Privacy was ubiquitous in 2018. The General Data Protection Regulation (GDPR) deadline on May 25, 2018 came and went as companies scrambled to meet and maintain compliance under the new regulation. Data protection had a strong presence in the media as large companies’ handling of user data was widely discussed and reviewed. New privacy regulations were introduced – such as the California Consumer Privacy Act (CCPA) and Brazil’s General Data Protection Law (LGPD) – meaning more and more companies will fall under the scope of at least one enforceable privacy regulation. So what’s in store for privacy in 2019? TrustArc CEO Chris Babel breaks down next year’s predictions for the path of privacy.
1) Managing privacy will be the new normal, like securing data or paying taxes
Privacy will continue on a similar path as the evolution of cybersecurity. The number of breaches and privacy-related incidents will continue to rise, up and to the right. This rise will be comprised of peaks and valleys. Like with security, a standard of constant privacy will become the new normal. For example, while many organizations treated GDPR as a project, with a finite end, compliance is a continuous exercise that requires the same focus and vigilance as security or taxes.
Automating aspects of this continuous process using Assessment Manager will save your company time. Assessment Manager is built on powerful technology that identifies where and why your practices don’t align with regulations, and defines the path to remediation. The workflow tools and Intelligence Engine detect the need for, and then streamline assessments.
2) Ethics will become increasingly important to data-driven innovation
Once a focus only in health care, research, and highly regulated organizations, GDPR and similar laws are driving businesses across sectors to consider ethics by showing that the benefits they claim that new tech and other innovations will bring do not outweigh the potential for data misuse and other risks. While companies may start with a check-the-box compliance exercise, in 2019 the more innovative players will look to differentiate themselves from their competition by setting up ethical review committees, ethics teams and data ethics officers to formally consider the implications of algorithms and machine learning on customer trust and business outcomes.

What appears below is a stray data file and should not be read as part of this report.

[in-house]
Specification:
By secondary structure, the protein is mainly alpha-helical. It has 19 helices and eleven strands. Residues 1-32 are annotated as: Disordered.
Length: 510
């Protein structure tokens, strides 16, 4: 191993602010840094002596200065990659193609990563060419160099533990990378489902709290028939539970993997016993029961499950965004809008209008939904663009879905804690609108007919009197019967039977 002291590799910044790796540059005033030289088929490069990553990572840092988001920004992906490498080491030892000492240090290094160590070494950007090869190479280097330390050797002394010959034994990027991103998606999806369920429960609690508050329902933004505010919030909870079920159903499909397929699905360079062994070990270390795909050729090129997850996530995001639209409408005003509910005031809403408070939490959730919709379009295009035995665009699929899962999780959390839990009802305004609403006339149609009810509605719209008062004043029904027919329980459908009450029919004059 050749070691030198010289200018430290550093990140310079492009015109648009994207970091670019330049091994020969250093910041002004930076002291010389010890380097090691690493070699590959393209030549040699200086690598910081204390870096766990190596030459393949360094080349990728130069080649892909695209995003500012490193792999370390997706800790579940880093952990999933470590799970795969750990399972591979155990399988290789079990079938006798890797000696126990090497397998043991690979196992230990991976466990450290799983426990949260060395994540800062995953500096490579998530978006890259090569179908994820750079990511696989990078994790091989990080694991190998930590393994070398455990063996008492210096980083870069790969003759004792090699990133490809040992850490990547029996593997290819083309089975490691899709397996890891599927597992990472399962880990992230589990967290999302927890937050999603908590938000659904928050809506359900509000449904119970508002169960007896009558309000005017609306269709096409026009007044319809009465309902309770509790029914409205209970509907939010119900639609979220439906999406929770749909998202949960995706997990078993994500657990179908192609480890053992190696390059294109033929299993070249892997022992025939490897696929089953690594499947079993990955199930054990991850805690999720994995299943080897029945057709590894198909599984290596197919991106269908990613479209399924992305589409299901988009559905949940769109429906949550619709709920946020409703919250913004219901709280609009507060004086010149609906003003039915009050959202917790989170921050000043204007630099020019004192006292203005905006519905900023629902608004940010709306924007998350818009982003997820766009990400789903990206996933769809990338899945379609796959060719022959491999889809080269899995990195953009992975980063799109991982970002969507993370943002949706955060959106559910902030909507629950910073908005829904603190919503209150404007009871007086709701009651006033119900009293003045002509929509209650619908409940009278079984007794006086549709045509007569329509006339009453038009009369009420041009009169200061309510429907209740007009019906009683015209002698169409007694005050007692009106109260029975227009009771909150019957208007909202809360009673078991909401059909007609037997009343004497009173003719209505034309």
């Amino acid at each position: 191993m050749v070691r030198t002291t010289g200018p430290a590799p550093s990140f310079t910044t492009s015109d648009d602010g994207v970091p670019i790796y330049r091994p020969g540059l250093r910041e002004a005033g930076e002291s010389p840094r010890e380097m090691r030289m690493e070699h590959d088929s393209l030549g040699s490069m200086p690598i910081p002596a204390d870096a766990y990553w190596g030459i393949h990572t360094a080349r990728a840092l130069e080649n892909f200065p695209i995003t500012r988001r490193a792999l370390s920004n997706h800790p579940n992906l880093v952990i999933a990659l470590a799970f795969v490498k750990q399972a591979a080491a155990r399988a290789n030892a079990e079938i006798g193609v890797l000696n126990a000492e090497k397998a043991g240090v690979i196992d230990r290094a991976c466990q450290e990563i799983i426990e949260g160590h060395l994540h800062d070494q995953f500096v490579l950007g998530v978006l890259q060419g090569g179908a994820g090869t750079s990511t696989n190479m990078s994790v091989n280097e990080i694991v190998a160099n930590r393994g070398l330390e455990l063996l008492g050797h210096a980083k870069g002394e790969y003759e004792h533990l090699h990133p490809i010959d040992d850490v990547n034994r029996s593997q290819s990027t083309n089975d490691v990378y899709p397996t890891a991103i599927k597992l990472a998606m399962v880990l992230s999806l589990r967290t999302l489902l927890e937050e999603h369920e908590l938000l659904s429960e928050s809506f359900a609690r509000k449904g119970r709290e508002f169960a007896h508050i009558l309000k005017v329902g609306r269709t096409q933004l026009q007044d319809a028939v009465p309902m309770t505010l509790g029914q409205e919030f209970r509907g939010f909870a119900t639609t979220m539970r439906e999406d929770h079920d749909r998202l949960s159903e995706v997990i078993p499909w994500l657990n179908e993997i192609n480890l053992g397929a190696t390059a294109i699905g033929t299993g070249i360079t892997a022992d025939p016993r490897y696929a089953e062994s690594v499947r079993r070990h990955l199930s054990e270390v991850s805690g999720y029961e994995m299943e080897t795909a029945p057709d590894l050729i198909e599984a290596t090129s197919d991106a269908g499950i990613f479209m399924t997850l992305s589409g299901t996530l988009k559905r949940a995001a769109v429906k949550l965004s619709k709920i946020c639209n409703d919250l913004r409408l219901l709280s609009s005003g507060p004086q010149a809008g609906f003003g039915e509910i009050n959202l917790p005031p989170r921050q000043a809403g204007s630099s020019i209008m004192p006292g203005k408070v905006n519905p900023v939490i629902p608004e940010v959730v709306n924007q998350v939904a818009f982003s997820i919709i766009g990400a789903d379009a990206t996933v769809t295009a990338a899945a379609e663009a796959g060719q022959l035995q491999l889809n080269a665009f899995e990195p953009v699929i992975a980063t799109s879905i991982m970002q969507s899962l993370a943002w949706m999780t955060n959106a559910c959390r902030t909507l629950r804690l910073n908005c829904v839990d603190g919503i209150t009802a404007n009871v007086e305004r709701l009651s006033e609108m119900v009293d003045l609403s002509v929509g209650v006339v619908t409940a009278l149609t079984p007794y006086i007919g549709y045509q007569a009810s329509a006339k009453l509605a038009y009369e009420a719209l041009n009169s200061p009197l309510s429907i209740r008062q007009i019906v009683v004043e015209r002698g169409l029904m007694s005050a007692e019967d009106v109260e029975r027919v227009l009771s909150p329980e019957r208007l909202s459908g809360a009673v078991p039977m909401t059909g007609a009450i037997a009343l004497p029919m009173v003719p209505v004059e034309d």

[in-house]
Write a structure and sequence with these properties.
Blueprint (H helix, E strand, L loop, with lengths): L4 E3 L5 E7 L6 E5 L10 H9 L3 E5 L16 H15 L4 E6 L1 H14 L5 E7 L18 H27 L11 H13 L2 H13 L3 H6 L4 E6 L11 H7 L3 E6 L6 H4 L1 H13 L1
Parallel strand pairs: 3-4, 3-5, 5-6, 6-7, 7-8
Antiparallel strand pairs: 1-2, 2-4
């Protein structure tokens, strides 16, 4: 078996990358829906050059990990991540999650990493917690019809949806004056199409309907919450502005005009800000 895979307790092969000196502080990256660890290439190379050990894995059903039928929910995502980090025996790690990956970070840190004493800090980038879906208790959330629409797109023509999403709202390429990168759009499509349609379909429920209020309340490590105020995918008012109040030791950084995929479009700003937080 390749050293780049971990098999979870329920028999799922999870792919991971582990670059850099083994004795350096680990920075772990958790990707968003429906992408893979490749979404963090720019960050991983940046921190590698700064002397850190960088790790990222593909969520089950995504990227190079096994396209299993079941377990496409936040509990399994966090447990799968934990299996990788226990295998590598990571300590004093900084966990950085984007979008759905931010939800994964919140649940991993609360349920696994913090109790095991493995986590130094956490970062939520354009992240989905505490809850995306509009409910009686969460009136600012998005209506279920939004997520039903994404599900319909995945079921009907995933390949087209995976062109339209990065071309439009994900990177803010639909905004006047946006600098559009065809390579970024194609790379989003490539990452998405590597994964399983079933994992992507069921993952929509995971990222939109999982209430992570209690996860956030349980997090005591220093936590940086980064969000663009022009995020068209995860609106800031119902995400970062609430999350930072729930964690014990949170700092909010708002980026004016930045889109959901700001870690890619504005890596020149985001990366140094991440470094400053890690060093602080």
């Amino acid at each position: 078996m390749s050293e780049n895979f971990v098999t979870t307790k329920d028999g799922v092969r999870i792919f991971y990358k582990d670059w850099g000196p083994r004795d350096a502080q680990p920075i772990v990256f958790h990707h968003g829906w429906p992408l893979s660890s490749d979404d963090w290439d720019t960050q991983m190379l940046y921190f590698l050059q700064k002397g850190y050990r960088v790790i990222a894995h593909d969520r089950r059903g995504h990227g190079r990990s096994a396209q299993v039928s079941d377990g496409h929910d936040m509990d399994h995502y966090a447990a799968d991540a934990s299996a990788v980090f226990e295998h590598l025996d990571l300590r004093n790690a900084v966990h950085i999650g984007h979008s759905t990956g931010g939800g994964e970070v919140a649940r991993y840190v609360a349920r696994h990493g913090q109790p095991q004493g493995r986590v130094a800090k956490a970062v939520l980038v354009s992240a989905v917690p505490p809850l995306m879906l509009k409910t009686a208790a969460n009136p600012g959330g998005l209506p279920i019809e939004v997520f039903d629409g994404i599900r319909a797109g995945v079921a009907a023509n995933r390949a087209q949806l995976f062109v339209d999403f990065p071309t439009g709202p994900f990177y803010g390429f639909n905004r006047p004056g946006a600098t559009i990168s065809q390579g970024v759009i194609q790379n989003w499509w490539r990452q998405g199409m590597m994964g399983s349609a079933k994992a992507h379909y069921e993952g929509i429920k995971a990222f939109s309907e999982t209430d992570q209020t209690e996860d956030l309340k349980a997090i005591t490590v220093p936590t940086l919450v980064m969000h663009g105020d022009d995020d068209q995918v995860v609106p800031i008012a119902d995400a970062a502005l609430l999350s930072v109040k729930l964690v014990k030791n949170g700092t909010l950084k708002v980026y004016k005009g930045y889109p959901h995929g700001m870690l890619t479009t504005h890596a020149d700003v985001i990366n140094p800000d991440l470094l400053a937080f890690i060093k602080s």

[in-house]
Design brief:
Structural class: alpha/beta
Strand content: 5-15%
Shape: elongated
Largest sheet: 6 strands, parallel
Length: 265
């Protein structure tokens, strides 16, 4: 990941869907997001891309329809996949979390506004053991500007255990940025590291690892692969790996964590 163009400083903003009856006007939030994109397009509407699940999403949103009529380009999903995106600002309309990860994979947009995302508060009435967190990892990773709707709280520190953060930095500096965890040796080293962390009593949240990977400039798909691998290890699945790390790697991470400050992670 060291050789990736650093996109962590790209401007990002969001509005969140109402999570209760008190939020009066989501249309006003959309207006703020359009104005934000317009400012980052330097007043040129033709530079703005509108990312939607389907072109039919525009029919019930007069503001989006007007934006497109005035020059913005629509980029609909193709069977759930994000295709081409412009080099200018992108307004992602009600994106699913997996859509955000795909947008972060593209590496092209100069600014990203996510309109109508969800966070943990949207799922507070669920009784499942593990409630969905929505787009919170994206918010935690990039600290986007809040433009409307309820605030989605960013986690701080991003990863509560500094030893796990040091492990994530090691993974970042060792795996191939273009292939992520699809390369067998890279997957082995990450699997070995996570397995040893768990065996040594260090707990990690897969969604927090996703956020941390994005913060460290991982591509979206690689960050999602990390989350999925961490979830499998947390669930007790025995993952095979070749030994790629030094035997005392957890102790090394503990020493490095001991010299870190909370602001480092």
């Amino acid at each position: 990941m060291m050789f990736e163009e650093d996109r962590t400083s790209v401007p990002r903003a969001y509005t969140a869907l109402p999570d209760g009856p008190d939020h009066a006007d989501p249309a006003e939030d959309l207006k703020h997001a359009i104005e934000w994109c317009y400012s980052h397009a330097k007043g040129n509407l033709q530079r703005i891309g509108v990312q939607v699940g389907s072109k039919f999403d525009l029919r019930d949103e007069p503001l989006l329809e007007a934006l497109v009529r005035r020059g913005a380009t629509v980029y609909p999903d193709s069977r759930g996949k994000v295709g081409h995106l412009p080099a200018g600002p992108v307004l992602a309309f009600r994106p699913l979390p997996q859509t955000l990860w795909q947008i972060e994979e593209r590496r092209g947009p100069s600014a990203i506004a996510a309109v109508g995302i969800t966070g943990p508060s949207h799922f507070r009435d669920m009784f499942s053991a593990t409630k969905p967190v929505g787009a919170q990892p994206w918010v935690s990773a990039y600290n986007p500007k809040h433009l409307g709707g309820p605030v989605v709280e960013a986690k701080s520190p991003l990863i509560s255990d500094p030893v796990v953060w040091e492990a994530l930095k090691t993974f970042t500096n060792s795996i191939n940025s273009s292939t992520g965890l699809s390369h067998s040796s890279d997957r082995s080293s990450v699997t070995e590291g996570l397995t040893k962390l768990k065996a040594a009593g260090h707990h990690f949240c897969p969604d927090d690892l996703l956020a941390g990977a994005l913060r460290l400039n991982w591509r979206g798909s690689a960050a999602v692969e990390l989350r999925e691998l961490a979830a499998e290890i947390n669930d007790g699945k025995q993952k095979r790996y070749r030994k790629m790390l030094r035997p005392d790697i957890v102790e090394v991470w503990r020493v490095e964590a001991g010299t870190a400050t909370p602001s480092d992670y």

Determining whether processing is ethical can be done at scale by automating manual processes. TrustArc offers the expertise and technology to complete these assessments, build a sustainable DPIA & PIA program if needed, automate the process using the TrustArc Platform, and produce reporting needed to show accountability on demand.
3) Consumers will exercise their right to privacy
In 2019, consumers will become more aware of and better understand the rights and mechanisms that regulations like the GDPR have made available to them to manage and protect their data. As a result, we will see consumers become more engaged and active in controlling their privacy settings, sharing less information, unsubscribing from marketing communications and requesting copies of their data or that companies delete their data entirely from marketing databases.
Individual Rights Manager helps with the requirements of the GDPR and CCPA, which require that organizations provide data subjects and individuals with a variety of rights, including: right of access by the data subject; rectification or erasure; restriction of processing; data portability.
4) To be or not to be – 2019 privacy laws at a glance
A U.S. federal privacy law will be much discussed but not passed. The trade deal replacing NAFTA – USMCA – will drive new discussions around cross-border data sharing between the U.S., Canada and Mexico. A handful more states in the U.S. will seek to adopt state privacy laws such as the California Consumer Privacy Act, and 2-3 states will pass one. The EU will agree upon and issue standards for GDPR certification, creating another rush to comply with the standard. The multitude of country-specific privacy laws in Asia will continue to increase and splinter across the region.